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Flint mines on Windover Hill, 140m WSW of The Long Man

List Entry Summary

This monument is scheduled under the Ancient Monuments and Archaeological Areas Act 1979 as amended as it appears to the Secretary of State to be of national importance. This entry is a copy, the original is held by the Department for Culture, Media and Sport.

Name: Flint mines on Windover Hill, 140m WSW of The Long Man

List entry Number: 1014631

Location

The monument may lie within the boundary of more than one authority.

County: East Sussex

District: Wealden

District Type: District Authority

Parish: Long Man

National Park: SOUTH DOWNS

Grade: Not applicable to this List entry.

Date first scheduled: 10-Jul-1996

Date of most recent amendment: Not applicable to this List entry.

Legacy System Information

The contents of this record have been generated from a legacy data system.

Legacy System: RSM

UID: 27066

Asset Groupings

This list entry does not comprise part of an Asset Grouping. Asset Groupings are not part of the official record but are added later for information.

List entry Description

Summary of Monument

Legacy Record - This information may be included in the List Entry Details.

Reasons for Designation

Flint mines are found where, during Neolithic and Early Bronze Age times (c.3500-1200 BC), nodules of flint were extracted from underground seams within chalk deposits. There is no pattern or regular form to the arrangement of mine sites as the shafts, pits or open-cast workings are closely related to the underlying supplies of flint rather than an overall scheme of how the mine should be organised. In general, however, the shafts, pits and spoil heaps are closely packed together and sometimes even abut one another. In overall size, flint mines range from single shafts and associated works covering less than 1ha, to large mines of several hundred shafts spread over an extensive area. Flint mines provided high quality flint for implement manufacture in the millennia before the widespread availability of metal; the discovery of ceremonial deposits, including carved objects, in some shafts indicates the importance ascribed to them by early prehistoric communities. The workings were excavated by hand with antler picks and a selection of specialist bone, antler, wood and flint tools. Extensive flint knapping floors, areas where the mined flint was worked, are sometimes found within and around the mine area, along with hearths and traces of timber buildings. Evidence of secondary uses of abandoned flint mines is fairly common, and human burials dating from Neolithic times onwards are regularly found in the upper fills of pits and shafts. The hollows left in the tops of infilled shafts also provided suitable areas for occupation long after the mines themselves had gone out of use. The distribution of flint mines is largely dictated by the extent of the Upper Chalk, which is the geological band in which seams of flint occur. Flint mines are known in most areas of Upper Chalk outcrops and generally occur on the tops of hills or ridges, or along their flanking slopes, from Norfolk to Dorset. The earliest sites, dating to the Early and Middle Neolithic period, are clustered on the Sussex Downs. Flint mines are a rare monument type, with only around 20 examples known nationally. One of relatively few classes of monuments dating to all phases of the Neolithic period, they contain evidence relating to technology and work organisation in the period and represent the source of the most commonly used and widespread material available for making edged tools and implements. All well-preserved examples are considered to be of national importance.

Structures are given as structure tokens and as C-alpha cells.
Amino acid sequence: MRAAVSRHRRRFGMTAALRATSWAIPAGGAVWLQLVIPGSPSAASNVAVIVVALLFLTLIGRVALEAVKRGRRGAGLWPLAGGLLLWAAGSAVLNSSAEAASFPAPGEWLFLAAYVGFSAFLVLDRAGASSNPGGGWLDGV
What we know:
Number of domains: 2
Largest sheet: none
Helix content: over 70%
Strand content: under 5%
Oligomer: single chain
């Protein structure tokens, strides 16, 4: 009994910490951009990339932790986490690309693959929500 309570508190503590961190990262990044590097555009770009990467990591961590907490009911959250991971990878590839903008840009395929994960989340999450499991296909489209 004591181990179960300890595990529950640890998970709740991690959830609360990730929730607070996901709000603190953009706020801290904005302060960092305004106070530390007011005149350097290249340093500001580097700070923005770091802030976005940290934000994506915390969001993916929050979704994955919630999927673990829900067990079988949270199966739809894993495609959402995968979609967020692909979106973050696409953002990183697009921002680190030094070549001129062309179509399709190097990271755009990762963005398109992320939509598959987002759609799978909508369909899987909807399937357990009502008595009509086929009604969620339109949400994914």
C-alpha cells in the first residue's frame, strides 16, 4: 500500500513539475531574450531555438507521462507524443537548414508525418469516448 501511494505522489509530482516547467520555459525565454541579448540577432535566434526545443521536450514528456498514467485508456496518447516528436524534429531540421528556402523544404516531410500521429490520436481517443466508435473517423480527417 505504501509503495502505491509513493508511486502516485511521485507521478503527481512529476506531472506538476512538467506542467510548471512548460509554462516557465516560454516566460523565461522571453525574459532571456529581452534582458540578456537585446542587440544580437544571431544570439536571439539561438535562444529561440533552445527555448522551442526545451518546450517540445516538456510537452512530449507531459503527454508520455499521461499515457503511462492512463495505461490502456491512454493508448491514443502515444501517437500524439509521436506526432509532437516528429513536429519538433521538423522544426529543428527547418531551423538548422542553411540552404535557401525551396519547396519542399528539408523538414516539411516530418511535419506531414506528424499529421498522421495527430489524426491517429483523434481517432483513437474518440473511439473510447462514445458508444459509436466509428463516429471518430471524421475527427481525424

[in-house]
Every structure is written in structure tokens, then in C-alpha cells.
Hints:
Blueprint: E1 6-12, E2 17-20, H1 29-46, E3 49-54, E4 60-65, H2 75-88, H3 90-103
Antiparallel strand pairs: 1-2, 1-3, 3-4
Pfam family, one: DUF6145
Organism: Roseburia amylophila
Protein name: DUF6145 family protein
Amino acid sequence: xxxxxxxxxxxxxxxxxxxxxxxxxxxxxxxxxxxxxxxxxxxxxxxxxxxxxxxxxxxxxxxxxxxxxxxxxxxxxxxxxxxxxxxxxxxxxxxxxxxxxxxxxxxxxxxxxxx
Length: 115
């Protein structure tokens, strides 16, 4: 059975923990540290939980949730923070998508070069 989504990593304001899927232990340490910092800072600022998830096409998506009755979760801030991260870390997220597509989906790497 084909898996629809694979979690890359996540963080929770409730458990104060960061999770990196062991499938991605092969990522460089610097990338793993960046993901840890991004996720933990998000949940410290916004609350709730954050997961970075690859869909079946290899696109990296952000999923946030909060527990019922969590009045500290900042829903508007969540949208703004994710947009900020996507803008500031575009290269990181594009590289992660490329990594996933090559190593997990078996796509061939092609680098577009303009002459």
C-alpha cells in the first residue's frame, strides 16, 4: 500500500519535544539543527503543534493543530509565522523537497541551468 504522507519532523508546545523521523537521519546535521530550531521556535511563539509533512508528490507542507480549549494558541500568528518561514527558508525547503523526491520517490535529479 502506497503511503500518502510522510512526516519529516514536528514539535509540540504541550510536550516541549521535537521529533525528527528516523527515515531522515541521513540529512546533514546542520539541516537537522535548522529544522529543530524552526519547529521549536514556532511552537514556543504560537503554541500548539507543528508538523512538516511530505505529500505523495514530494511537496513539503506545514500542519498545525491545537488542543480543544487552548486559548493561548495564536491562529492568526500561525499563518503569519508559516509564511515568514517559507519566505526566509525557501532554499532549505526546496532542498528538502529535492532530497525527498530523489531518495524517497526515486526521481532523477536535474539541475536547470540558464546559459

The flint mines on Windover Hill 140m WSW of The Long Man survive well and will contain archaeological and environmental evidence relating to the period in which they were used. The Windover Hill to Folkington Hill ridge supports a wide range of funerary monuments, and a further, associated flint mine c.300m to the east of the monument, dating to the Neolithic period and the Bronze Age. The close association of these broadly contemporary monuments illustrates the importance of the area for burial practices and the extraction of material for implement manufacture, and provides evidence for the relationship between these types of activity, during the prehistoric period.

History

Legacy Record - This information may be included in the List Entry Details.

Details

The monument includes an area of prehistoric flint mines situated near the top of the northern slope of a ridge of the Sussex Downs. The flint mines are an area of hummocky ground covering c.0.5ha, made up of a group of around 15 irregular depressions surviving to a depth of up to c.1m. These are the partly infilled remains of pits dug into the ground to reach the underlying seams of flint. The hollows are surrounded by overlapping spoil heaps up to c.0.5m high.

MAP EXTRACT The site of the monument is shown on the attached map extract. It includes a 2 metre boundary around the archaeological features, considered to be essential for the monument's support and preservation.

Selected Sources

Legacy Record - This information may be included in the List Entry Details

National Grid Reference: TQ 54102 03412

Map

Map
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This copy shows the entry on 18-Nov-2017 at 09:51:51.

End of official listing